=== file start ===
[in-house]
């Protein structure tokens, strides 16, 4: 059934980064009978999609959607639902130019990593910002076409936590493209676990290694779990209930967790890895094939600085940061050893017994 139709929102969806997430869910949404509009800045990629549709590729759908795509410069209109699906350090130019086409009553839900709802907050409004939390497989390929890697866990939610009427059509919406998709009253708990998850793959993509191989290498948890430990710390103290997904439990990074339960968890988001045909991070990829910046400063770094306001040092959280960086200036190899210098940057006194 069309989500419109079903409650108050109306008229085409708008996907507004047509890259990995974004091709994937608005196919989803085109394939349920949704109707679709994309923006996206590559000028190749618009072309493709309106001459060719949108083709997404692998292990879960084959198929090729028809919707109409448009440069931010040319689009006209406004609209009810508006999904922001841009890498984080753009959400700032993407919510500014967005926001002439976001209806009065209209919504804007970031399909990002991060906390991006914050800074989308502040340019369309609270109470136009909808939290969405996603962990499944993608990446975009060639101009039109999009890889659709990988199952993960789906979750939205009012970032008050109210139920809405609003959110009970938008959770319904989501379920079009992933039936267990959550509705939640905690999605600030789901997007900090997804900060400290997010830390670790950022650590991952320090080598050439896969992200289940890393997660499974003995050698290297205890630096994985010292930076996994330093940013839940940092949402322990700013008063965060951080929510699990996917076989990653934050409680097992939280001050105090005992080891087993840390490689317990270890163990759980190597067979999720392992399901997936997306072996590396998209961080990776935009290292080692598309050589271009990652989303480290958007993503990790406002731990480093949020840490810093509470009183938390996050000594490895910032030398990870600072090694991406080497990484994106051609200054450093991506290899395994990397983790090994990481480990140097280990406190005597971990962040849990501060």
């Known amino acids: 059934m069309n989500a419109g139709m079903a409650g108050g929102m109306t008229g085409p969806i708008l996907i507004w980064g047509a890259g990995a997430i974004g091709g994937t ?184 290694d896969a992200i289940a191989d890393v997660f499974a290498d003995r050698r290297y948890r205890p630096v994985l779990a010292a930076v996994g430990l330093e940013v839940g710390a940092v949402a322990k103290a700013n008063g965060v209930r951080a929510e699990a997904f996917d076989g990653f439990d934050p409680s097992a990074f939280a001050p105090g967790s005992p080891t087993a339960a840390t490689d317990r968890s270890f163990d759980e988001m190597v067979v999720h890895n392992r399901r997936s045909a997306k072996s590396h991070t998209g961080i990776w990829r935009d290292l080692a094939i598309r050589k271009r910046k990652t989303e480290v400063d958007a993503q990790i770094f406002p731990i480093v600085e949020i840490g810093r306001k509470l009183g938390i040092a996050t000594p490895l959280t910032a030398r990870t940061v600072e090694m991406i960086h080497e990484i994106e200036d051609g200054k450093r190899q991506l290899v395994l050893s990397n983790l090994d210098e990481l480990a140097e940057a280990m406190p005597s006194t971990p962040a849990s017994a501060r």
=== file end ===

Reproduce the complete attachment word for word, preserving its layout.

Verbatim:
[in-house]
């Protein structure tokens, strides 16, 4: 059934980064009978999609959607639902130019990593910002076409936590493209676990290694779990209930967790890895094939600085940061050893017994 139709929102969806997430869910949404509009800045990629549709590729759908795509410069209109699906350090130019086409009553839900709802907050409004939390497989390929890697866990939610009427059509919406998709009253708990998850793959993509191989290498948890430990710390103290997904439990990074339960968890988001045909991070990829910046400063770094306001040092959280960086200036190899210098940057006194 069309989500419109079903409650108050109306008229085409708008996907507004047509890259990995974004091709994937608005196919989803085109394939349920949704109707679709994309923006996206590559000028190749618009072309493709309106001459060719949108083709997404692998292990879960084959198929090729028809919707109409448009440069931010040319689009006209406004609209009810508006999904922001841009890498984080753009959400700032993407919510500014967005926001002439976001209806009065209209919504804007970031399909990002991060906390991006914050800074989308502040340019369309609270109470136009909808939290969405996603962990499944993608990446975009060639101009039109999009890889659709990988199952993960789906979750939205009012970032008050109210139920809405609003959110009970938008959770319904989501379920079009992933039936267990959550509705939640905690999605600030789901997007900090997804900060400290997010830390670790950022650590991952320090080598050439896969992200289940890393997660499974003995050698290297205890630096994985010292930076996994330093940013839940940092949402322990700013008063965060951080929510699990996917076989990653934050409680097992939280001050105090005992080891087993840390490689317990270890163990759980190597067979999720392992399901997936997306072996590396998209961080990776935009290292080692598309050589271009990652989303480290958007993503990790406002731990480093949020840490810093509470009183938390996050000594490895910032030398990870600072090694991406080497990484994106051609200054450093991506290899395994990397983790090994990481480990140097280990406190005597971990962040849990501060």
């Known amino acids: 059934m069309n989500a419109g139709m079903a409650g108050g929102m109306t008229g085409p969806i708008l996907i507004w980064g047509a890259g990995a997430i974004g091709g994937t ?184 290694d896969a992200i289940a191989d890393v997660f499974a290498d003995r050698r290297y948890r205890p630096v994985l779990a010292a930076v996994g430990l330093e940013v839940g710390a940092v949402a322990k103290a700013n008063g965060v209930r951080a929510e699990a997904f996917d076989g990653f439990d934050p409680s097992a990074f939280a001050p105090g967790s005992p080891t087993a339960a840390t490689d317990r968890s270890f163990d759980e988001m190597v067979v999720h890895n392992r399901r997936s045909a997306k072996s590396h991070t998209g961080i990776w990829r935009d290292l080692a094939i598309r050589k271009r910046k990652t989303e480290v400063d958007a993503q990790i770094f406002p731990i480093v600085e949020i840490g810093r306001k509470l009183g938390i040092a996050t000594p490895l959280t910032a030398r990870t940061v600072e090694m991406i960086h080497e990484i994106e200036d051609g200054k450093r190899q991506l290899v395994l050893s990397n983790l090994d210098e990481l480990a140097e940057a280990m406190p005597s006194t971990p962040a849990s017994a501060r």